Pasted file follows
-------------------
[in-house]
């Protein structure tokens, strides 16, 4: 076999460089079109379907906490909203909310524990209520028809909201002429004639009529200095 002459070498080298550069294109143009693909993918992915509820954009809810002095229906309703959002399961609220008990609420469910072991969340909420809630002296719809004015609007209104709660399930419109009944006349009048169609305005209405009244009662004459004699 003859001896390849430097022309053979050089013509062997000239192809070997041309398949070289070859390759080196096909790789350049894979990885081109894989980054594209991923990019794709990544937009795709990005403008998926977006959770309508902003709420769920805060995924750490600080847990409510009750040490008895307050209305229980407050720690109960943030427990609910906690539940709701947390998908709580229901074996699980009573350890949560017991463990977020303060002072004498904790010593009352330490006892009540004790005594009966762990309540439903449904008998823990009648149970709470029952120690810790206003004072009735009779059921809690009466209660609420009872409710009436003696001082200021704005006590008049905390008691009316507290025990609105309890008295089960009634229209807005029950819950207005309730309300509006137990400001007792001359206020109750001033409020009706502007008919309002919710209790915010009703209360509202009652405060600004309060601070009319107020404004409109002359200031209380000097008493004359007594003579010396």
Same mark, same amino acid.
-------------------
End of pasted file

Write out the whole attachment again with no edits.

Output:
[in-house]
């Protein structure tokens, strides 16, 4: 076999460089079109379907906490909203909310524990209520028809909201002429004639009529200095 002459070498080298550069294109143009693909993918992915509820954009809810002095229906309703959002399961609220008990609420469910072991969340909420809630002296719809004015609007209104709660399930419109009944006349009048169609305005209405009244009662004459004699 003859001896390849430097022309053979050089013509062997000239192809070997041309398949070289070859390759080196096909790789350049894979990885081109894989980054594209991923990019794709990544937009795709990005403008998926977006959770309508902003709420769920805060995924750490600080847990409510009750040490008895307050209305229980407050720690109960943030427990609910906690539940709701947390998908709580229901074996699980009573350890949560017991463990977020303060002072004498904790010593009352330490006892009540004790005594009966762990309540439903449904008998823990009648149970709470029952120690810790206003004072009735009779059921809690009466209660609420009872409710009436003696001082200021704005006590008049905390008691009316507290025990609105309890008295089960009634229209807005029950819950207005309730309300509006137990400001007792001359206020109750001033409020009706502007008919309002919710209790915010009703209360509202009652405060600004309060601070009319107020404004409109002359200031209380000097008493004359007594003579010396």
Same mark, same amino acid.